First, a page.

Every year about this time, baseball fans look to bookstores for a few new books to fit on their baseball book shelf. I frequent the many used bookstores in Madison, WI to pick up copies of older books that are often just a few dollars. In recent weeks, I've read two books by Thomas Boswell, Heart of the Order and How Life Imitates the World Series. Both of these are collections of his baseball writings from the late 1970s and early 1980s. I'd highly recommend them to anyone that enjoys quick, but well-written, baseball tales of players and personalities that have long since left the playing field.
I was recently browsing a used bookstore and came across a similar collection by Roger Angell titled Late Innings. Like the Boswell books, this is a collection of Angell's acclaimed baseball columns, and is a very enjoyable book for any baseball fan. What really drew me to the book, however, was a touching inscription on the first pages of the book. Written by a father to his son, this inscription was especially meaningful for me, as the son to whom the book was inscribed is also named Andy.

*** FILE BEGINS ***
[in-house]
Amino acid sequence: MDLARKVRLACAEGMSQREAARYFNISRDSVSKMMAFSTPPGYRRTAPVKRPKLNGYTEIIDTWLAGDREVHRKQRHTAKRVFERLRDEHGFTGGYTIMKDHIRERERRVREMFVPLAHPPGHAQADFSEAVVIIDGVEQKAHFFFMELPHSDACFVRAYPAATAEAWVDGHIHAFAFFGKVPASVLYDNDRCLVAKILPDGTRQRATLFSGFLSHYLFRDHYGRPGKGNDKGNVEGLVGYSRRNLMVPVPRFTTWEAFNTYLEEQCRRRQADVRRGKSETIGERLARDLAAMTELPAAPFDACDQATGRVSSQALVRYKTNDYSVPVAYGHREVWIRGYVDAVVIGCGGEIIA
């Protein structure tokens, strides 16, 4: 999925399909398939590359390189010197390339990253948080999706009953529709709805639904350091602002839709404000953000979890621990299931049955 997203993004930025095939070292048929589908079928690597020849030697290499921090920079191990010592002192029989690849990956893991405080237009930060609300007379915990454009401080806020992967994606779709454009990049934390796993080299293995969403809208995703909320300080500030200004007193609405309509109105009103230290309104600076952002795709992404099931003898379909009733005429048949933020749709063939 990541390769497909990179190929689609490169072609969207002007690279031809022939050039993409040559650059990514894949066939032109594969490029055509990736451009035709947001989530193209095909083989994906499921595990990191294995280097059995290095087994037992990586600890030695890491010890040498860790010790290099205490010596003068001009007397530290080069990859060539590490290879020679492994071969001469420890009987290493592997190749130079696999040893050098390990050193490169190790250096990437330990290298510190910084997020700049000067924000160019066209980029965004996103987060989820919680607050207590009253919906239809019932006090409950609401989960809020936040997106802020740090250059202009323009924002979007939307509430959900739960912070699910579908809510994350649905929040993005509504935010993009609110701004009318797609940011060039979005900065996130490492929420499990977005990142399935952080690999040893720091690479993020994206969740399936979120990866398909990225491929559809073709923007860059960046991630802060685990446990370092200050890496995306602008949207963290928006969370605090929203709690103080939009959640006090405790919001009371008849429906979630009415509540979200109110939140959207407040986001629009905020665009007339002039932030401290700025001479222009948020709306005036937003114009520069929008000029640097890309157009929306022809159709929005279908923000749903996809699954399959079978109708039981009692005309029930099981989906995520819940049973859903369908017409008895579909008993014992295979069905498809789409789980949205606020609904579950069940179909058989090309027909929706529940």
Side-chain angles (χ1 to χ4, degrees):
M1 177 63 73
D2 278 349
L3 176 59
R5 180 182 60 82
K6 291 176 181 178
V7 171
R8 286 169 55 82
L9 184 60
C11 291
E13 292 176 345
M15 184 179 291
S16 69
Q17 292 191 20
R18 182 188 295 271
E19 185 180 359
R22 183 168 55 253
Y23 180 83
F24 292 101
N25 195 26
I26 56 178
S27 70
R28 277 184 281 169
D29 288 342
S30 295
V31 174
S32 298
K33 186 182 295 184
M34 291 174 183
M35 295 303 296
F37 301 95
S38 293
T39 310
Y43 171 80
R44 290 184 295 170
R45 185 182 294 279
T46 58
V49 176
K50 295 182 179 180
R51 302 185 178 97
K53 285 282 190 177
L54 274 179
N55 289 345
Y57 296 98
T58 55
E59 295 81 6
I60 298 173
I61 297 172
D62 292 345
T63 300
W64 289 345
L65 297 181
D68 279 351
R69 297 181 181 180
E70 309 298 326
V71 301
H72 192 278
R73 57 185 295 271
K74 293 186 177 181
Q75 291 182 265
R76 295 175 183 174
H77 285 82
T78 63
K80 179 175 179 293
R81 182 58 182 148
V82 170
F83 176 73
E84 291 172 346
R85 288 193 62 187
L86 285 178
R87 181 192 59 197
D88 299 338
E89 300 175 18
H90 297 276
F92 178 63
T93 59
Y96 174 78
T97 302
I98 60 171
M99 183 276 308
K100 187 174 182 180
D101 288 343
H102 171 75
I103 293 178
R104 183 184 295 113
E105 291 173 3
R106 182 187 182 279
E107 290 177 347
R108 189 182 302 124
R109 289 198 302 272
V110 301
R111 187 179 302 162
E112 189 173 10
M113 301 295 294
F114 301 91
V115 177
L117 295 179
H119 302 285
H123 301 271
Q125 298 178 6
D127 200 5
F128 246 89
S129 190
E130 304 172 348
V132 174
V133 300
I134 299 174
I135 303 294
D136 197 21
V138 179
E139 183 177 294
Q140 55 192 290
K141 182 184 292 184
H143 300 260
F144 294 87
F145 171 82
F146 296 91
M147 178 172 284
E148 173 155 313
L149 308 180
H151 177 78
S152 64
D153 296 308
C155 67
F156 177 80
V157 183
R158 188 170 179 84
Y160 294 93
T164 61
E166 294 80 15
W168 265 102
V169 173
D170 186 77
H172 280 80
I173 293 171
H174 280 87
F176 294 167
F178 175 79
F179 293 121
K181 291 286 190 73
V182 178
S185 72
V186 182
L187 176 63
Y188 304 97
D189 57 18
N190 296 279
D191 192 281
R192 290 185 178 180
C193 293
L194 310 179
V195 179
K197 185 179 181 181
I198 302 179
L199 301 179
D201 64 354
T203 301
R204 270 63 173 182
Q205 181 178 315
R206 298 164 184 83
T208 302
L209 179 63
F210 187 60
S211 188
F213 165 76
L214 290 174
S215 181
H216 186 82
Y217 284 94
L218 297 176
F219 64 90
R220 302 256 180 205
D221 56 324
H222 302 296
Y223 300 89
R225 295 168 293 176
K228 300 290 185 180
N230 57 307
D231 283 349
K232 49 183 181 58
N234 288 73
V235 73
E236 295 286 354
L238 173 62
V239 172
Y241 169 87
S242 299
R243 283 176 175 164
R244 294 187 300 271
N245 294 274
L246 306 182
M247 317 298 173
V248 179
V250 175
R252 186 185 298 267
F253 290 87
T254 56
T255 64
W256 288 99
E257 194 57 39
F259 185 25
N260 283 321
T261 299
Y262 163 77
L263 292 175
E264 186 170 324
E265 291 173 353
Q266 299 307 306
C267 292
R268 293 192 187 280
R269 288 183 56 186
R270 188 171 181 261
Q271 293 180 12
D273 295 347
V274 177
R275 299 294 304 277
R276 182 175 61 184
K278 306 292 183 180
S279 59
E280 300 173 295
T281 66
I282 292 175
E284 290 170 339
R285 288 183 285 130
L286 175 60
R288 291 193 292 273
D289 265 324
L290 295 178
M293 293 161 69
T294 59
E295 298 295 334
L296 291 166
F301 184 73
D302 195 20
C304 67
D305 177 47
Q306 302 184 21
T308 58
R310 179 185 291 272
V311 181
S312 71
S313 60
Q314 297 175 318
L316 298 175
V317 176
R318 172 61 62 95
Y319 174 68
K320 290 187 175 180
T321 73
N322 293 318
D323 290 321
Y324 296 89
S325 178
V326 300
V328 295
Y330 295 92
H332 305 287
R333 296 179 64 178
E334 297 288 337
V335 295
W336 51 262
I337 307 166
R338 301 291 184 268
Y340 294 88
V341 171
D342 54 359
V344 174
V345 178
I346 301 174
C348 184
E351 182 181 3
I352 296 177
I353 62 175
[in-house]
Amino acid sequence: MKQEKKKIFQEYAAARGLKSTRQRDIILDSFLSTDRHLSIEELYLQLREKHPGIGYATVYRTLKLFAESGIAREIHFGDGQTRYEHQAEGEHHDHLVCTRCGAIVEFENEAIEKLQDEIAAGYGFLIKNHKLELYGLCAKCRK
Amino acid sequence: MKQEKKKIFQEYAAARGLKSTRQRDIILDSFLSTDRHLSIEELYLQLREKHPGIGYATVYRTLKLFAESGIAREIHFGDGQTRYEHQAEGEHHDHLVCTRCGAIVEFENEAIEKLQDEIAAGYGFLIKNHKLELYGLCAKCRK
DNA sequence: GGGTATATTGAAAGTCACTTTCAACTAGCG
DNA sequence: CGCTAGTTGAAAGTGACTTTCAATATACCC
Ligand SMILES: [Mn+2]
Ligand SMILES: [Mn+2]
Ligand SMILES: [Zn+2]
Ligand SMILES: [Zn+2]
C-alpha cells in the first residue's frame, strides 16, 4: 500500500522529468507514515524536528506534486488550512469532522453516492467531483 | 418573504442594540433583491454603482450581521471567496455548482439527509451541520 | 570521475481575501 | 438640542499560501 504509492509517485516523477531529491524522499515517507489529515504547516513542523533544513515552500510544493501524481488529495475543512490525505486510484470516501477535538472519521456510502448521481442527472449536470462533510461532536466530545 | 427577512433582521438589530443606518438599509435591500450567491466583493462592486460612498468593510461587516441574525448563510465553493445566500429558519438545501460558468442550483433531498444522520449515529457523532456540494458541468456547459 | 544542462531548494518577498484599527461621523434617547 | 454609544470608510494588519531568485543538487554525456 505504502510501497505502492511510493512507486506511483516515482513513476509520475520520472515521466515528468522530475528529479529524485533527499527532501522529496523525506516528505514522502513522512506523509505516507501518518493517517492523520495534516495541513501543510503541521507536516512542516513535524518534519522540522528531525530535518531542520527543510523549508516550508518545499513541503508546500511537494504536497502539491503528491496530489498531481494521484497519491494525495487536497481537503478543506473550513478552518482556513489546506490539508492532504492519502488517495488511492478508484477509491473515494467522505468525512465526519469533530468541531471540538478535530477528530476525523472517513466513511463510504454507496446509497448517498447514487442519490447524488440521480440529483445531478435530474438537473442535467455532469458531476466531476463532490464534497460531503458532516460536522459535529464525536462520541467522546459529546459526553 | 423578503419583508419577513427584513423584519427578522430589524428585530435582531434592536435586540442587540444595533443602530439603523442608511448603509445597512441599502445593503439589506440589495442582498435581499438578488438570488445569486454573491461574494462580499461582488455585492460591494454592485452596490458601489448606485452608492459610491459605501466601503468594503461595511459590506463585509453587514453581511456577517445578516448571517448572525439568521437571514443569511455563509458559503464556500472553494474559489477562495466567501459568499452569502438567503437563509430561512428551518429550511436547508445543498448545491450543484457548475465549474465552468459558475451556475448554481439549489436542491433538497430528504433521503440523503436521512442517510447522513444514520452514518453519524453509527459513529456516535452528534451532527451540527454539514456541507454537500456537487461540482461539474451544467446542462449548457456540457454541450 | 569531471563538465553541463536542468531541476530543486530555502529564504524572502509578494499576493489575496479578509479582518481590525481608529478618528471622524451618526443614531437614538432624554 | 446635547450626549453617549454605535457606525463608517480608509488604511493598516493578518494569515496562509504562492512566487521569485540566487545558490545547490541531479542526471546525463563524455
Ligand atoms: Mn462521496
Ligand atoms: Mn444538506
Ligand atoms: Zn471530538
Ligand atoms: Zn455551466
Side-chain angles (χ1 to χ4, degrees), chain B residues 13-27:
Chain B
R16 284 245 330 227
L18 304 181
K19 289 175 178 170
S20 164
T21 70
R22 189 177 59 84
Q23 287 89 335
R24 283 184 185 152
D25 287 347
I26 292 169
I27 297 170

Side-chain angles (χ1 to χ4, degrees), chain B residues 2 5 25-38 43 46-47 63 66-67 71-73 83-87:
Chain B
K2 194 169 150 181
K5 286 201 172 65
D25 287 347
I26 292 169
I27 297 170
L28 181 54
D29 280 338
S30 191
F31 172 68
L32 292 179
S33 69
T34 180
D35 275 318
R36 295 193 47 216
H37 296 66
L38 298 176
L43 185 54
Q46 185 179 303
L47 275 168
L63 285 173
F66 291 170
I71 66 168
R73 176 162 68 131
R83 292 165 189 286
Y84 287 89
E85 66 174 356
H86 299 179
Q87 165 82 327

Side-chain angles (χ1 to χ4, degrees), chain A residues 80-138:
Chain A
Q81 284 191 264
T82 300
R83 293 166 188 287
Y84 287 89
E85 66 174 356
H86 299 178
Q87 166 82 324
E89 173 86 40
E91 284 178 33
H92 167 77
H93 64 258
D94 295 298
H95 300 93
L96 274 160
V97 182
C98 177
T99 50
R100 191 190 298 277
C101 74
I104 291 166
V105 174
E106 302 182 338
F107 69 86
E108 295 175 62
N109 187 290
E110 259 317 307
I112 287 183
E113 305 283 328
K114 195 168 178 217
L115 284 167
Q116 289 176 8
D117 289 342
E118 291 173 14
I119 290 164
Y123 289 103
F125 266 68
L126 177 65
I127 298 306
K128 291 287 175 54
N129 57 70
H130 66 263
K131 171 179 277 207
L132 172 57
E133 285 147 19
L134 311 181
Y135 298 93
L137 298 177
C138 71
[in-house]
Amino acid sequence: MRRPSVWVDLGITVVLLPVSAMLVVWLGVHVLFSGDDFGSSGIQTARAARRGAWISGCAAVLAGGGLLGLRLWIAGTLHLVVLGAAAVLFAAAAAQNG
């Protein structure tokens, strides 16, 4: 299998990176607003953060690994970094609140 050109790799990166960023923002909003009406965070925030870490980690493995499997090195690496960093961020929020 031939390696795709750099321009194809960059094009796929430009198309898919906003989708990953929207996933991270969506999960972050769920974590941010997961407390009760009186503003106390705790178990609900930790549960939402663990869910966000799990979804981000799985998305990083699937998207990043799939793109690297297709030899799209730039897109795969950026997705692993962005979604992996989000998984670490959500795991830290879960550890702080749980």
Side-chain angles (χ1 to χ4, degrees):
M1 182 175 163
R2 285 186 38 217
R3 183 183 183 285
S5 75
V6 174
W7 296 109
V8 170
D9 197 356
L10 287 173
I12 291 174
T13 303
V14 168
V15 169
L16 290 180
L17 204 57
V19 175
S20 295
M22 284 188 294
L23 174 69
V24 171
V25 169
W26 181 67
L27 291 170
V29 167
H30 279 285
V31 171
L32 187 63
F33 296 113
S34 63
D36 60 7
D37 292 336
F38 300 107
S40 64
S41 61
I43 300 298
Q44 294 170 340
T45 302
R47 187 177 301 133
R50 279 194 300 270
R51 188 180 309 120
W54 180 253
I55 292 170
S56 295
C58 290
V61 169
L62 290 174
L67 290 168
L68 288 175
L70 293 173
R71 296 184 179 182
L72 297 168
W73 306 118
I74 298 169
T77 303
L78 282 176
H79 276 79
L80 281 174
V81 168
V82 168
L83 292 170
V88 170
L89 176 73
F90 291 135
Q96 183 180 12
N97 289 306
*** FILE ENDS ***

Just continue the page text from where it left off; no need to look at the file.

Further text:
With Opening Day nearly upon us, I thought I'd share this inscription with you:
Baseball is a jewel of many facets. It is the innocence and energizing skills of a Cub Scout softballer. It is the cavorting delight of a pick-me-up neighborhood sandlot game. It is the semi-comic adult intensity surrounding a Little League contest, and the sub-conscious adult affectations of the Little Leaguers.
It is the hopes and expectations on Opening Day of an otherwise amorphous horde, unified & partially civilized by their allegiance to a common dream.
It is the bitter-sweet experience of attendance at a late September game of two teams who are by then running not in a pennant sprint, but only out the season's clock.
It is a harmony of mind and body-like ballet-except that baseball's skills are forged and honed in a furnace which demands not only grace, but victory, and in view of millions.
It is something which enraptures even as it saddens.
It is something which uplifts even as it frustrates.
It is subjective, and yet it is honest.
It is something we have shared, and I am grateful.
One of the first things I thought after quickly purchasing the book was how anyone would ever sell a book that appears to have so much personal meaning. My hope is that the book was sold to the book store by someone who was unaware of the inscription and the meaning it must hold.
I know that the book will hold a place of honor on my bookshelf.